The Carnuntum Roman archaeological park covers a number of sites, but the biggest takes you into a Roman town. And I don’t mean through some virtual reality sleight of hand. We’re taking truly authentic reconstructions here…you see, smell, touch (and taste) the past.
- Go inside several full-size buildings and look around
- The reconstructed public baths are particularly impressive
- Lots of authentic little touches
- Restaurant also offers a couple of original Roman dishes
- See also: Carnuntum overview, tickets & visitor info
Baths, villa, and more…
The main site at Carnuntum takes you through four (sorry, IV) parts:
- The Roman reconstructions and outdoor area
- The indoor exhibition
- The restaurant
- The ticket office and shop
The Roman reconstructions
Think archaeological park and excavations and you might imagine a large number of unidentifiable stones. In a field. With indecipherable inscriptions – the kind that have you regretting you never took Latin at school. Et tu Brutus?
Carnuntum is nothing like that.
The main location is where the civilian city once stood. Its outdoor display begins with a huge scale model of the entire Roman settlement and military base, giving you a feel for just how huge the place was.
Then it’s on to the actual reconstructions of a handful of buildings from a small part of that city (including the public baths, an upper class villa, a middle-class house, and an oil merchant’s premises).
Again, you might imagine a vague effort to capture the look and feel of Roman buildings using plasterboard, concrete, and some fading plastic display cases.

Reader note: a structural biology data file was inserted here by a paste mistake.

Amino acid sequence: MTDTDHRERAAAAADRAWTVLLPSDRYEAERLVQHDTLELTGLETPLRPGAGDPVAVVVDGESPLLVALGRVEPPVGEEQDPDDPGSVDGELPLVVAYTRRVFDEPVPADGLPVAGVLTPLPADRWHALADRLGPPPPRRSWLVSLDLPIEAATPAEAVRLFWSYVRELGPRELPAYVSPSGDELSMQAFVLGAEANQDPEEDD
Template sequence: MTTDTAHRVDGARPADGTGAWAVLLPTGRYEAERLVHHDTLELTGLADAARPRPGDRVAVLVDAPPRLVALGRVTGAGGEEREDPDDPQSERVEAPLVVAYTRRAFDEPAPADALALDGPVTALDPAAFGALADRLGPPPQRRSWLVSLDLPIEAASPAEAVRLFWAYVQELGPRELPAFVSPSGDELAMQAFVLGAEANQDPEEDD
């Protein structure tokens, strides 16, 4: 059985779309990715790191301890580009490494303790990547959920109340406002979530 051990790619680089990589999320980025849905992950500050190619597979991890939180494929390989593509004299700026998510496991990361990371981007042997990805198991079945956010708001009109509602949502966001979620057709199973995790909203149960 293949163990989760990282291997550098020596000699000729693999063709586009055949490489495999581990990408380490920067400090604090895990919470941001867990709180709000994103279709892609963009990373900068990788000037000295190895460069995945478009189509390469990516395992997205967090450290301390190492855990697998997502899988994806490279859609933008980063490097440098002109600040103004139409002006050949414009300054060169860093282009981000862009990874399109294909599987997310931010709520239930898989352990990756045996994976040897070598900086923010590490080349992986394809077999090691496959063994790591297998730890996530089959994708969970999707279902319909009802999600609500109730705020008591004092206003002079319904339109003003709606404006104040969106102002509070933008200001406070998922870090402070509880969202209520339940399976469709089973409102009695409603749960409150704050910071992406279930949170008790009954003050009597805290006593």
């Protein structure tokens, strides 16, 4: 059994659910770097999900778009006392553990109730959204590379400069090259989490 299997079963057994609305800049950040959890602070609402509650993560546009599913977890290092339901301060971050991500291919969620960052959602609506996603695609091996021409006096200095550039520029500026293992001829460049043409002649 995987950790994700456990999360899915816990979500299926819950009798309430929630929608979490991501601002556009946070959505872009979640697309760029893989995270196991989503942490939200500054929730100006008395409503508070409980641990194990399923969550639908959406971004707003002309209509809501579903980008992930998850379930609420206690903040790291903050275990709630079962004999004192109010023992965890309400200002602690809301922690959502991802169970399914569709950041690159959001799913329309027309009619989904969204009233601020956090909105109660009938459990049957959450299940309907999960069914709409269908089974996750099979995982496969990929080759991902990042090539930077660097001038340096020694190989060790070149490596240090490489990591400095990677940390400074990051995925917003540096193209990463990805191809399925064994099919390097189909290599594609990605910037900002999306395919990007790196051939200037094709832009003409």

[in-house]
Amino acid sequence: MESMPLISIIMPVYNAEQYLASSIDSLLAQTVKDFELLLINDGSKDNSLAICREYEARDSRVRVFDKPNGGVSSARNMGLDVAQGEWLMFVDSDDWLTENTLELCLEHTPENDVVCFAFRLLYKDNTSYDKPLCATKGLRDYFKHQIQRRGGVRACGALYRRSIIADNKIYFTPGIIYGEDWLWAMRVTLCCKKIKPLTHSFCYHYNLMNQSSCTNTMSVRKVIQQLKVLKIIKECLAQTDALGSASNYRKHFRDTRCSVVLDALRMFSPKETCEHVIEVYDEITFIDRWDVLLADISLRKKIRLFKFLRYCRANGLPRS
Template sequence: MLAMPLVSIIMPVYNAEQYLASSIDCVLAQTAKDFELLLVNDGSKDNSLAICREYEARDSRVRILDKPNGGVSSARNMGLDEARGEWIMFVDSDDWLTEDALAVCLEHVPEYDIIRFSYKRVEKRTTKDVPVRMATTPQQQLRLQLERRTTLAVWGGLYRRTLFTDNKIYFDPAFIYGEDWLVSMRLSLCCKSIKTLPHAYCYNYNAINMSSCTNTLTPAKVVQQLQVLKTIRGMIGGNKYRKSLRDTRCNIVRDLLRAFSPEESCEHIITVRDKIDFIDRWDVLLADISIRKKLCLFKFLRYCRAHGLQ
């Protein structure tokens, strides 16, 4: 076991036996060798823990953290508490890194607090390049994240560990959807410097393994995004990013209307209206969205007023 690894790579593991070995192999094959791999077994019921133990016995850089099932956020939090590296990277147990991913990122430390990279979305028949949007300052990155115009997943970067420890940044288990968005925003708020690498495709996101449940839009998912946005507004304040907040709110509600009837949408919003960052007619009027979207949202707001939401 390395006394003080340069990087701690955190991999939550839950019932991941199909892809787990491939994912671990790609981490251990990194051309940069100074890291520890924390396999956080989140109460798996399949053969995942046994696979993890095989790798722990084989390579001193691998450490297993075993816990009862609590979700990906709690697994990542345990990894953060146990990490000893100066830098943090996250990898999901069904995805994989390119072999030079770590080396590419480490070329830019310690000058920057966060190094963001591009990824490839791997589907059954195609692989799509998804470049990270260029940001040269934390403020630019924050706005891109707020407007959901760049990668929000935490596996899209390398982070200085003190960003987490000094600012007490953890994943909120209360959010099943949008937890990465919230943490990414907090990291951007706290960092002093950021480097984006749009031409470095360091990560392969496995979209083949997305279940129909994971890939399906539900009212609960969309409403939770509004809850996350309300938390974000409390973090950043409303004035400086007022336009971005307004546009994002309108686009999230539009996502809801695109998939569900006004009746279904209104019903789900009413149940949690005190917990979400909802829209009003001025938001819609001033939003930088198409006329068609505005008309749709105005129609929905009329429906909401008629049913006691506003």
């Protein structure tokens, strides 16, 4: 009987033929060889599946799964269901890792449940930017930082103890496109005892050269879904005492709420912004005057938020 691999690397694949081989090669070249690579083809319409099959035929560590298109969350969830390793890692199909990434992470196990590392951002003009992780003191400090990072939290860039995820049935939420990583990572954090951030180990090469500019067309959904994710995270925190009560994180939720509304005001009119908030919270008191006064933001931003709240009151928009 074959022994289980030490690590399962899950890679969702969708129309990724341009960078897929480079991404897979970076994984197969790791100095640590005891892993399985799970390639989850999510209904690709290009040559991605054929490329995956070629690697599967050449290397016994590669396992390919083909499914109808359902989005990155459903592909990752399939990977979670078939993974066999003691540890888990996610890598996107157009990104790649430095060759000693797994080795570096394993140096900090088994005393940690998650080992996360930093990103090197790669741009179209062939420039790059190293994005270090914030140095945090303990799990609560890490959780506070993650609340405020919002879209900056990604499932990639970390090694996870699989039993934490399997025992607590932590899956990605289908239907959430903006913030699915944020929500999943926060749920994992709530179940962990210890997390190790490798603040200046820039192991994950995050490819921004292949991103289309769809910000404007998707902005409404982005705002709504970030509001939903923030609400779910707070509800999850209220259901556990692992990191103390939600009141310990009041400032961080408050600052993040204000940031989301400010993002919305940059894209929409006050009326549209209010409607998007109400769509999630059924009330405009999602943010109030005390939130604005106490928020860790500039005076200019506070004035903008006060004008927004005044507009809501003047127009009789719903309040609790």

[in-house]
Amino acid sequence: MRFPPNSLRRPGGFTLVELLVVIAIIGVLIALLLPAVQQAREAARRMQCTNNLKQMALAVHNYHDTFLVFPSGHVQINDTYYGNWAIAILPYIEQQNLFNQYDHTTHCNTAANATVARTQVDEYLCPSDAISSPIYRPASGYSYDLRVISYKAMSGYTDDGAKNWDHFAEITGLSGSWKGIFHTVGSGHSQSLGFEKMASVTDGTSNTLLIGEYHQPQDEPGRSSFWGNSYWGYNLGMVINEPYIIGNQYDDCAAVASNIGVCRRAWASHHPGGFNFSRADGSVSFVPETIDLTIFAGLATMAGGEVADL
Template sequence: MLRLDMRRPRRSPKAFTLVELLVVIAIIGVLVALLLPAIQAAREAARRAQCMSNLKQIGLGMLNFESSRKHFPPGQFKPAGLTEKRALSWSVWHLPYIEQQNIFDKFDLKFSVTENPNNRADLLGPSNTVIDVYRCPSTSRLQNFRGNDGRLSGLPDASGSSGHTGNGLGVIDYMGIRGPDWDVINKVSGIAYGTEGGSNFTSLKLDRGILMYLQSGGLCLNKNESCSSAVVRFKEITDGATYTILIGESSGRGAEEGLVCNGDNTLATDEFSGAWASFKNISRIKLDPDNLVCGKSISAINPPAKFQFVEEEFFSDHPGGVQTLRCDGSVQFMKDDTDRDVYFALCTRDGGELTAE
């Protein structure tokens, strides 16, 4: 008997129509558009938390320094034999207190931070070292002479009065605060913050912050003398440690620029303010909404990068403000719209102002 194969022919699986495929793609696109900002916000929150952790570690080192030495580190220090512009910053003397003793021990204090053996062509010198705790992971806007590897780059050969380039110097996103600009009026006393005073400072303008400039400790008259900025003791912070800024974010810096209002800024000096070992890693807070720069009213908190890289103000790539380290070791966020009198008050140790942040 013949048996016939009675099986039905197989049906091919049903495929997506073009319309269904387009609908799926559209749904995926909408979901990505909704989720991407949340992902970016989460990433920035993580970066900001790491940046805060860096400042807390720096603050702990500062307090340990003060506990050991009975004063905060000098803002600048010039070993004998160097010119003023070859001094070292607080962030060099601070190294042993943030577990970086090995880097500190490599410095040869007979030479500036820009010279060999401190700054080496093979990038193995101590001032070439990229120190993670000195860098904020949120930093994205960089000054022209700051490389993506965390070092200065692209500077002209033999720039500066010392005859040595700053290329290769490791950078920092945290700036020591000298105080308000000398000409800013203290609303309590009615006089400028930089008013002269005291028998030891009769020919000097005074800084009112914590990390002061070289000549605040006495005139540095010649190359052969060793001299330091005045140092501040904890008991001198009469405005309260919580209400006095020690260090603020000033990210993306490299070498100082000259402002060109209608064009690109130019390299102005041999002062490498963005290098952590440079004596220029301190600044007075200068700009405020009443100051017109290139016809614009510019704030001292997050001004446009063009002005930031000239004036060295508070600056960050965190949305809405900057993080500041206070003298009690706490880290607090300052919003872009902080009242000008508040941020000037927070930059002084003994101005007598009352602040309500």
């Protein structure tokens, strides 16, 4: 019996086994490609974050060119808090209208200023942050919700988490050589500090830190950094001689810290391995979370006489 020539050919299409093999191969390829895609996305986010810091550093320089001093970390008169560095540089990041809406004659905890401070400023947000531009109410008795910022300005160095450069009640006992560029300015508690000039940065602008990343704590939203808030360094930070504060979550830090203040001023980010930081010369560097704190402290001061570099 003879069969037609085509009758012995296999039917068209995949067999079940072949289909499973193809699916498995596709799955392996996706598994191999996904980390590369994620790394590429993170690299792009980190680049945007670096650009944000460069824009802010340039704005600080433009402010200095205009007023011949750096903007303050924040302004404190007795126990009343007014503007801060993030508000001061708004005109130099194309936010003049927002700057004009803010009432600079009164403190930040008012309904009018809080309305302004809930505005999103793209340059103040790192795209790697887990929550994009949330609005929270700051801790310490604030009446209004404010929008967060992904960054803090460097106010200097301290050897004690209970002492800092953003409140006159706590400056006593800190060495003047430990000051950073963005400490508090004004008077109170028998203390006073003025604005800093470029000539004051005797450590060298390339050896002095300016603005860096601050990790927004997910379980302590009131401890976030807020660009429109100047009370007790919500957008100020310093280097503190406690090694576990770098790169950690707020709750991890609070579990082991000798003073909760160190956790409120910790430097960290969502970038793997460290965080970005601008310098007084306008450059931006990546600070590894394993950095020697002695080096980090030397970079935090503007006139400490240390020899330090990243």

First, the reconstructed buildings and surrounding cityscape are modelled on the size and layout of the area they stand in. In other words, the reconstructed villa, for example, has the exact same dimensions and location as the original.
Second, everything reeks of authenticity. This begins with drawing on historical records and surviving antiquities to ensure accurate designs, layouts, colours etc.
As far as possible, they used Roman building materials (some original) and only tools available to the Romans. They even cut the timber by hand. One small house has the original floor mosaic in it.
And the authenticity doesn’t stop there. Go inside the buildings and wander around. They look as if the occupants only just left. So there’s fresh fruit and vegetables lying in the kitchen, a discarded cloak on a workbench, and water coursing through the Roman baths.
The absence of barriers or display information inside ensures the experience is as genuine as possible. It’s like walking onto a movie set before the film crews move in. This also means, however, that you might need a guide book or the Carnuntum app to get detailed information on what you’re looking at.
(Incidentally, the display boards outside that introduce each building are in English, too. And the outdoor area also has a playground for children.)
And the rest…
A small exhibition has, for example, large video installations that give you a flavour of civilian, gladiatorial, and military life in Roman Carnuntum. Most (but not all) information is also provided in English.
The restaurant has a small, but tasty, menu that included two Roman dishes when I visited:
- Moretum viride: a Roman-style sheep cheese spread
- Lucanian pan-fried sausage (which my wife had – it’s a little coarser and drier than typical Viennese sausages)
The entrance area with the ticket counter had lockers (operated with a €1 or €2 coin) and a nice shop, with heaps of Roman and Latin-themed souvenirs. This is where to get your legionnaire’s helmet or a Veni Vidi Vici t-shirt (all the rage in downtown Londinium).
How to get to the reconstructions
See the main article on the Carnuntum archaelogical park.